A conversation with Norah Vespers in-world yesterday made me realise something unobviously obvious. No, I don't care if that doesn't make a whole lot of sense right now - it will by the end of the post. I hope, anyway.
When I wrote about the effect SL could have on RL for my essay two years ago, I didn't realise that I had not taken into account a whole vague and difficult-to-fathom relationship between the two worlds and those of us that skip between them. This relationship, as I have said, is vague and difficult-to-fathom, and is based mainly on discontentment.
An awful lot of time and energy goes into the creation of an avatar, and in my experience, one of the most deterring things about SL to new users is the enormity of such a task. The controls for customising your avatar are not the most intuitive, and though it becomes incredibly simple once you have got the hang of it, I have no doubt that had I not received help from various mentors and friends along the way, I'd have given up trying to make Kitti look good, and would have left SL a long time ago. Your avatar, and the time and energy put into it, represents a kind of stake in the virtual world, especially early-on when you might not have a strong base of friends or a long list of sims you enjoy spending time in.
The problem with this - one amongst many, I'm sure - is that avatar customisation never really stops. I know I have had particularly bad influences in this department since I was effective brought up by fashion bloggers, but I think it's true across the board. Fairs selling new hair styles, new skins, new shapes, new clothes, new furniture in SL remain immensely popular to the point of stupidity, and there are Flickr streams and blogs and in-world groups designed with the specific purpose of informing fanbases when the latest items are going to be on sale. Clothing in the virtual world falls prey to fashion seasons just as it does in the real world - it is a perfectly replicated copy of the capitalist system. And why shouldn't it be? But what it represents is the continual desire to better ourselves physically even in the face of the expanded choices available to us in Second Life.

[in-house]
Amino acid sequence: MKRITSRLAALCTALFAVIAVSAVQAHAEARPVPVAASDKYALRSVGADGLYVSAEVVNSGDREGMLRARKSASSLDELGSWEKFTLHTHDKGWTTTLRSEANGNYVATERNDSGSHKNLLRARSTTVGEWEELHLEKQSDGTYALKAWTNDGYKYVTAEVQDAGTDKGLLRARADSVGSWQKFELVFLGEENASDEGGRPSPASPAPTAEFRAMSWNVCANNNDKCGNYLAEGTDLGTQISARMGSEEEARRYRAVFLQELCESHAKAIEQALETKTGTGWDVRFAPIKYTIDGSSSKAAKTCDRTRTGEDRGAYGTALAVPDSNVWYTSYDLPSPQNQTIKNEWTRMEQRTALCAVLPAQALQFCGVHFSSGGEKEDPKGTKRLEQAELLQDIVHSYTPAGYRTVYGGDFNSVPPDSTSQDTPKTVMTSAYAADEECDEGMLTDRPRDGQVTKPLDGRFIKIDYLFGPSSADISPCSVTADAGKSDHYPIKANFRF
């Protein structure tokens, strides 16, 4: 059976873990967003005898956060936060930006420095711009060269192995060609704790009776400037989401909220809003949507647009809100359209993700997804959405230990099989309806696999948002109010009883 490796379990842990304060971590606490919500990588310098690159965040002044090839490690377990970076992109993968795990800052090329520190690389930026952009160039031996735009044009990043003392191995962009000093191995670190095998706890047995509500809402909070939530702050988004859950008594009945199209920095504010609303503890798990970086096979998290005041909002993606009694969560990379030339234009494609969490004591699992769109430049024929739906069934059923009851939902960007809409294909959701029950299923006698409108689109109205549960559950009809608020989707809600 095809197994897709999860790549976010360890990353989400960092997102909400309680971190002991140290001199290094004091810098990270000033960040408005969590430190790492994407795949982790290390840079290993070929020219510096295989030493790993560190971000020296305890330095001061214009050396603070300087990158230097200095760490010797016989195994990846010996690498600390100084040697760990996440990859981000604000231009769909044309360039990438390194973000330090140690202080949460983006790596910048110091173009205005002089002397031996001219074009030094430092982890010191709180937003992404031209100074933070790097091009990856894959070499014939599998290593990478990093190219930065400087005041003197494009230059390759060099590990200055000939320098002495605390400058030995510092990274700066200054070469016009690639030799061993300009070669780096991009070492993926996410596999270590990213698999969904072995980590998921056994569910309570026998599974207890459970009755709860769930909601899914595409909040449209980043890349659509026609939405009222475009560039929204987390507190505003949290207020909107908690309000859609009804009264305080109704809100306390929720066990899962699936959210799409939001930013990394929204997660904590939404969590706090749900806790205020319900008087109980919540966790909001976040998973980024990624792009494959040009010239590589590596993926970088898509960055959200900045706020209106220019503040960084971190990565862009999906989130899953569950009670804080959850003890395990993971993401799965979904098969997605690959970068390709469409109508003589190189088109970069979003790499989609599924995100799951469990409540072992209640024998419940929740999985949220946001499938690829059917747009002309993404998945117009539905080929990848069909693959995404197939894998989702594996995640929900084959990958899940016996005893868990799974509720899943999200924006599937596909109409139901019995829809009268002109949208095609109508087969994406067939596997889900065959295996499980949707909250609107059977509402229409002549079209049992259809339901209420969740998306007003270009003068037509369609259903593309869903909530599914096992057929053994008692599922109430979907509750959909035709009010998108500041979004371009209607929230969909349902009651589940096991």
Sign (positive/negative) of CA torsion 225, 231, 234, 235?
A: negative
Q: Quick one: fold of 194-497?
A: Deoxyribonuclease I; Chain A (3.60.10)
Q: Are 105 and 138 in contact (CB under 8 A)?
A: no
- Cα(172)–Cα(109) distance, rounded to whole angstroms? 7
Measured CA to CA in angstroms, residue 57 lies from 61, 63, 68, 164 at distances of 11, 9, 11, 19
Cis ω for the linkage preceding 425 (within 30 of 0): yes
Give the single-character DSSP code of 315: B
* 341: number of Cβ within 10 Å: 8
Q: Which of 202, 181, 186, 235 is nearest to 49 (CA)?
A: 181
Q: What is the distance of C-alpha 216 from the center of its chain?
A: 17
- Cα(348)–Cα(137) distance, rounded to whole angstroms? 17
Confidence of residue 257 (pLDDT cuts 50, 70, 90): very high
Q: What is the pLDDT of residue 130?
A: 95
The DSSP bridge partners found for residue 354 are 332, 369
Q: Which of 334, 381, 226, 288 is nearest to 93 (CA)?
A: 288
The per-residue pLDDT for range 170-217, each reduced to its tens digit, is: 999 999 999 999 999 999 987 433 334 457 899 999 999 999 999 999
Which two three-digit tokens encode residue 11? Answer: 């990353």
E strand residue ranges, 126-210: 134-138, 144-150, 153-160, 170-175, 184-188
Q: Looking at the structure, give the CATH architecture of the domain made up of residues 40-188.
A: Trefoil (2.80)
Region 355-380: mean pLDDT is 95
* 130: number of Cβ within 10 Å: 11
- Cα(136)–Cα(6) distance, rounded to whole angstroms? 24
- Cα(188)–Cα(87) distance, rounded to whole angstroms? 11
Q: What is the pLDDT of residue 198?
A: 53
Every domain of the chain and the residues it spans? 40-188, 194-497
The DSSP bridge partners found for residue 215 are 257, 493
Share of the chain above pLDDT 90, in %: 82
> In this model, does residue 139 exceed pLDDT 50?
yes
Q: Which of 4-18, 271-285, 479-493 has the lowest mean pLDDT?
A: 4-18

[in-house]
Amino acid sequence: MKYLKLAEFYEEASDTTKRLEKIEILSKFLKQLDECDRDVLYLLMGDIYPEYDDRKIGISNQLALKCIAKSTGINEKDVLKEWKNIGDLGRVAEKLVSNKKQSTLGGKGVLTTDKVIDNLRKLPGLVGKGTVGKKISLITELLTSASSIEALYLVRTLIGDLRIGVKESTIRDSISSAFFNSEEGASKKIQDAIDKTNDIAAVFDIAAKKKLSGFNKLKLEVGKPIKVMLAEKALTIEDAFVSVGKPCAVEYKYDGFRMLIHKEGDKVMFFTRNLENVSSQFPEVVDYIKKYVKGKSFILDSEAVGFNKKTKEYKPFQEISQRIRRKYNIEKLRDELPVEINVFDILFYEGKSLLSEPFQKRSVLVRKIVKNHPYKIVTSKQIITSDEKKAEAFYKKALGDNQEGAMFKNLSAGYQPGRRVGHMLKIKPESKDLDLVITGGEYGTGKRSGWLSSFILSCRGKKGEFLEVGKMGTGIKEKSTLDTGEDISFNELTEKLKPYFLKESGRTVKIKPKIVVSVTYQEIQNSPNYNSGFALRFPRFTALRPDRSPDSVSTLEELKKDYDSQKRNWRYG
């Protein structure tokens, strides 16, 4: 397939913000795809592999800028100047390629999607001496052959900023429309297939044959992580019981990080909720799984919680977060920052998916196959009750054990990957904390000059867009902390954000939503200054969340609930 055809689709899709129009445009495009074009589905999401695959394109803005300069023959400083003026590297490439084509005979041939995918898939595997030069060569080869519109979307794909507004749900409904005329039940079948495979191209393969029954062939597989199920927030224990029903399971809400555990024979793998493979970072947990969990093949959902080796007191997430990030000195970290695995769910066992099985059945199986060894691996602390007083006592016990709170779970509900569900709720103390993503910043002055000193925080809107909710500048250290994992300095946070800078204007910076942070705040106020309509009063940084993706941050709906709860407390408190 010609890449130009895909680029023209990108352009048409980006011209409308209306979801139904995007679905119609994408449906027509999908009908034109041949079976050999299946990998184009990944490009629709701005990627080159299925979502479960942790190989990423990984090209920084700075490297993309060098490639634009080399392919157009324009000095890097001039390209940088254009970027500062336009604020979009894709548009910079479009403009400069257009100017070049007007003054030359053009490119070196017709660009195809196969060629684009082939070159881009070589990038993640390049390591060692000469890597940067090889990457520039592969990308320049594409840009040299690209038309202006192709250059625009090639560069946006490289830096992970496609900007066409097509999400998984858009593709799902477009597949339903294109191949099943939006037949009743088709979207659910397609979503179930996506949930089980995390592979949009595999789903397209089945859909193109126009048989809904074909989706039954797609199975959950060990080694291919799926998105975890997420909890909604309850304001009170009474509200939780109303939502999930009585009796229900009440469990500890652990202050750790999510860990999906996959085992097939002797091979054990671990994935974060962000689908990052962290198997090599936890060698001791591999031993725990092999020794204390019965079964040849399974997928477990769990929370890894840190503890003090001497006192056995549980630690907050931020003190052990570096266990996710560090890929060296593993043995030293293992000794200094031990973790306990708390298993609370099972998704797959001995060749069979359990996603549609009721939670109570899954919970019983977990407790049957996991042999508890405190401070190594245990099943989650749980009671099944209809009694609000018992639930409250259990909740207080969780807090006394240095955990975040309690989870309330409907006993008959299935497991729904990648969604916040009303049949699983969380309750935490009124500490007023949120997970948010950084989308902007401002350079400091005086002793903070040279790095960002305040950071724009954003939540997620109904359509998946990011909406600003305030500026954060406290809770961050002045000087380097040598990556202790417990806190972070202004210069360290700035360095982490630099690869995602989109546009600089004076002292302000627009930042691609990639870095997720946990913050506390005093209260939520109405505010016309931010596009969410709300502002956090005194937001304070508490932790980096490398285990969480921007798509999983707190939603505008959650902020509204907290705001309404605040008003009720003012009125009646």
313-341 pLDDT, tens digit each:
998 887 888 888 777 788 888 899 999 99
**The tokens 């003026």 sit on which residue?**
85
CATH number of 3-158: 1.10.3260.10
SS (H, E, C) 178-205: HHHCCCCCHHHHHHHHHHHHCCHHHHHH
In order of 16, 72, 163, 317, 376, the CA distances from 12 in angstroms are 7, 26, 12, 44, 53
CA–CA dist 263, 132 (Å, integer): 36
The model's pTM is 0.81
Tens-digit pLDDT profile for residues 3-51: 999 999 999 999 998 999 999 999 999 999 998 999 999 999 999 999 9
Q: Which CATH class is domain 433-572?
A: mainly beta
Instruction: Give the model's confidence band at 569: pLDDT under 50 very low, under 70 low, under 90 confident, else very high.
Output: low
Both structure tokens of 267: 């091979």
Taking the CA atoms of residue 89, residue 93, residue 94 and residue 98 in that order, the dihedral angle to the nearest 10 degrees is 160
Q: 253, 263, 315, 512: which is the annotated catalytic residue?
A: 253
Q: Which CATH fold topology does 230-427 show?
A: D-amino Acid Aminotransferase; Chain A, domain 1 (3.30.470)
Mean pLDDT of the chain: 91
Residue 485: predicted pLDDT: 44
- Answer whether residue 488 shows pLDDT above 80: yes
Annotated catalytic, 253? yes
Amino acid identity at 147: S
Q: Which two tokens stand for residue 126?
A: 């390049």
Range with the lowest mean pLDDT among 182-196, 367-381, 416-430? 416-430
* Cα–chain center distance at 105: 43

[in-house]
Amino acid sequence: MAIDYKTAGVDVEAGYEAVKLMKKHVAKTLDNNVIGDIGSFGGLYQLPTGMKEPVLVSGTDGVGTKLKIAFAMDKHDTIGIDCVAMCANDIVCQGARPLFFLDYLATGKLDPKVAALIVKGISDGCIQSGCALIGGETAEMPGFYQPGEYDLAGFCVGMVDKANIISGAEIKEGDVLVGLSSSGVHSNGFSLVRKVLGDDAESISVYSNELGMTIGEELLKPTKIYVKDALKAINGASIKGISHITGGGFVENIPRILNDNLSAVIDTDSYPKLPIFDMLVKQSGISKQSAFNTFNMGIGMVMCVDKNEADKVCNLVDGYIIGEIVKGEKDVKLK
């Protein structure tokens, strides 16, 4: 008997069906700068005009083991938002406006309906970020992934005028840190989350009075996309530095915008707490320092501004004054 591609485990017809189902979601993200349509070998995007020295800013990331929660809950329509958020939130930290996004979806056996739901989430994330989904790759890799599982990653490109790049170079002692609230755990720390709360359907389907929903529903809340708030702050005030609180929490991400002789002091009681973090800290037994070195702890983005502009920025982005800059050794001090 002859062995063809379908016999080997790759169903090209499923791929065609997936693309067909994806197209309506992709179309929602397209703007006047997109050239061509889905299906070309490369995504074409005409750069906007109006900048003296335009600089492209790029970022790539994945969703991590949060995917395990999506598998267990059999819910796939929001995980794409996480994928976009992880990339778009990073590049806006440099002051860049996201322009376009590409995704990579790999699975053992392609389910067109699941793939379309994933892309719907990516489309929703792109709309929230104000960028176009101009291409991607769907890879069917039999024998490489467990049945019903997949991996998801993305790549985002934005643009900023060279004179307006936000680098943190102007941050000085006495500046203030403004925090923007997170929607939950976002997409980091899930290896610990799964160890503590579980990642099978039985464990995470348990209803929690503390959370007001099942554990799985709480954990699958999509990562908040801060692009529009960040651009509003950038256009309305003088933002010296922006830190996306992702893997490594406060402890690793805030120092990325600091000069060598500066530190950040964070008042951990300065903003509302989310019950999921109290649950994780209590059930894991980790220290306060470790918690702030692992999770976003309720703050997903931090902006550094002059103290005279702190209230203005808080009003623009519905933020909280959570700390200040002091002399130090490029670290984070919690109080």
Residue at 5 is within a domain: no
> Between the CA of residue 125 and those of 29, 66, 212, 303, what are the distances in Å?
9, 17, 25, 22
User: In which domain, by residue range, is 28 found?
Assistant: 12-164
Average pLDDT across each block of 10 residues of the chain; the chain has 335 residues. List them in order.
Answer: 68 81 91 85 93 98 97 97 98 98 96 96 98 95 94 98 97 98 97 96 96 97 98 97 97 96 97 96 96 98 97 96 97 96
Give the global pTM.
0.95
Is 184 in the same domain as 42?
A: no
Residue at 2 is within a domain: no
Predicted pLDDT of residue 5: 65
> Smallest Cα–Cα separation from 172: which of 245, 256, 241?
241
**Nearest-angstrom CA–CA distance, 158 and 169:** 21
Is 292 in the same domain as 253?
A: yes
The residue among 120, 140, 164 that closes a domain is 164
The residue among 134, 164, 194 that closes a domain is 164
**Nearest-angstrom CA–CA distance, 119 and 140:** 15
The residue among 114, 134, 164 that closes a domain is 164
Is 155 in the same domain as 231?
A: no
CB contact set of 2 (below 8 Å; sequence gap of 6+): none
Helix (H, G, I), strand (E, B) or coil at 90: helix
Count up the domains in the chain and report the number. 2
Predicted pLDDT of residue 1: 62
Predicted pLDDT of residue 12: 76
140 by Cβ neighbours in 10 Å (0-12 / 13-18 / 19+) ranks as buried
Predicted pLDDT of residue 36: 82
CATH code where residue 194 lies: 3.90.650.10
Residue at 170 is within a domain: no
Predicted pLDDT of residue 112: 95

Like I said, unobviously obvious.
So were am I going with this? Here: our relationship and continual renewal of time and energy and thus our stake with/in SL is predicated on our continual discontentment. If we feel like we have seen and done everything, as if there is nothing about our avatars we can improve, what would we do? We'd probably log out. When we begin to feel the malaise written about in my blog post, 'Sick and Tired', the 'cure' is often a partial, if not total, revamp of our avatars.
|Told you Kitti was going to be barefoot forever...except when she's wearing roller skates...|
The cynicism of this is not lost on me, nor do I really think that the only reason anybody logs into SL is to buy new things to make their avatar prettier. That doesn't always mean buying new things - sometimes, finding things we had forgotten about in our inevitably extensive inventories can breathe life back into an avatar, too. For example, I'd completely forgotten about my roller skates from the Secret Store. And although I logged in yesterday with the expressed purpose of going to Glam Affair and buying the new 'Lucy' skin in the palest shade, then hung around in-world to decorate my largely-empty skybox, what I got the most enjoyment out of was finding that Norah had logged in and talking with her for a while. Then, when she logged out, I proceeded to roller skate around said skybox (which is shaped like a rectangular doughnut) as fast as I could make Kitti go until she spontaneously tripped up over nothing and went somersaulting through the air and into a wall. Hilarious.
Norah has since inadvertently suggested that my skybox could be used for a roller derby, and I reckon that could be really cool! Anybody want to join us? I'm deadly serious. IM me. But that's beside the point.
I suppose what I'm trying to say is that whilst I enjoy dressing Kitti and making her look good, that is only a portion of what I enjoy about SL. But it is still a portion.